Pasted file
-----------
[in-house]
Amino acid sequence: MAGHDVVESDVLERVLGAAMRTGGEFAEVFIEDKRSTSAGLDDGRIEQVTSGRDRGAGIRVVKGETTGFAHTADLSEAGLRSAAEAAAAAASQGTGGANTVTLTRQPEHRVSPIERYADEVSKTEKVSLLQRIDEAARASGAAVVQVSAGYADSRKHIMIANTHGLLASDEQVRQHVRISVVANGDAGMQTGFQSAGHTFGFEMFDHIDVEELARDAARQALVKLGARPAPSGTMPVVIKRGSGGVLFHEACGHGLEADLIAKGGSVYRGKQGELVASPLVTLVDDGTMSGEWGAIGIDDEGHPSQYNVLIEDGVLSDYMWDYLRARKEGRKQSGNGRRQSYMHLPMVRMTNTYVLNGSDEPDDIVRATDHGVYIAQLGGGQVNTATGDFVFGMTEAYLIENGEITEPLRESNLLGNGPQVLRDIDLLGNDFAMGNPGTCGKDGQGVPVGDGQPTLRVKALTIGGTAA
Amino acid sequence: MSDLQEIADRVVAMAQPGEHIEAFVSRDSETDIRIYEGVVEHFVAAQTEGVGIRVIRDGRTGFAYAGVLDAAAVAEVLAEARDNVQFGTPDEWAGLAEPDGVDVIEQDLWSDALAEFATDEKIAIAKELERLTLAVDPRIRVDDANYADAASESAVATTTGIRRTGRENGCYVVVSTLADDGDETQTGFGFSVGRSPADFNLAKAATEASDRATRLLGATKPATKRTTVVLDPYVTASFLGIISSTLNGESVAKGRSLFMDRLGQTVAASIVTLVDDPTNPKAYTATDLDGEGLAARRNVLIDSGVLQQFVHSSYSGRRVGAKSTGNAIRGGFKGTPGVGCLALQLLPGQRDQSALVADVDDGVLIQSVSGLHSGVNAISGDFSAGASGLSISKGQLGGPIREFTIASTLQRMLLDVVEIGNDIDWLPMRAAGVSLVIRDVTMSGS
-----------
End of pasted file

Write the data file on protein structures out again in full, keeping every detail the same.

[in-house]
Amino acid sequence: MAGHDVVESDVLERVLGAAMRTGGEFAEVFIEDKRSTSAGLDDGRIEQVTSGRDRGAGIRVVKGETTGFAHTADLSEAGLRSAAEAAAAAASQGTGGANTVTLTRQPEHRVSPIERYADEVSKTEKVSLLQRIDEAARASGAAVVQVSAGYADSRKHIMIANTHGLLASDEQVRQHVRISVVANGDAGMQTGFQSAGHTFGFEMFDHIDVEELARDAARQALVKLGARPAPSGTMPVVIKRGSGGVLFHEACGHGLEADLIAKGGSVYRGKQGELVASPLVTLVDDGTMSGEWGAIGIDDEGHPSQYNVLIEDGVLSDYMWDYLRARKEGRKQSGNGRRQSYMHLPMVRMTNTYVLNGSDEPDDIVRATDHGVYIAQLGGGQVNTATGDFVFGMTEAYLIENGEITEPLRESNLLGNGPQVLRDIDLLGNDFAMGNPGTCGKDGQGVPVGDGQPTLRVKALTIGGTAA
Amino acid sequence: MSDLQEIADRVVAMAQPGEHIEAFVSRDSETDIRIYEGVVEHFVAAQTEGVGIRVIRDGRTGFAYAGVLDAAAVAEVLAEARDNVQFGTPDEWAGLAEPDGVDVIEQDLWSDALAEFATDEKIAIAKELERLTLAVDPRIRVDDANYADAASESAVATTTGIRRTGRENGCYVVVSTLADDGDETQTGFGFSVGRSPADFNLAKAATEASDRATRLLGATKPATKRTTVVLDPYVTASFLGIISSTLNGESVAKGRSLFMDRLGQTVAASIVTLVDDPTNPKAYTATDLDGEGLAARRNVLIDSGVLQQFVHSSYSGRRVGAKSTGNAIRGGFKGTPGVGCLALQLLPGQRDQSALVADVDDGVLIQSVSGLHSGVNAISGDFSAGASGLSISKGQLGGPIREFTIASTLQRMLLDVVEIGNDIDWLPMRAAGVSLVIRDVTMSGS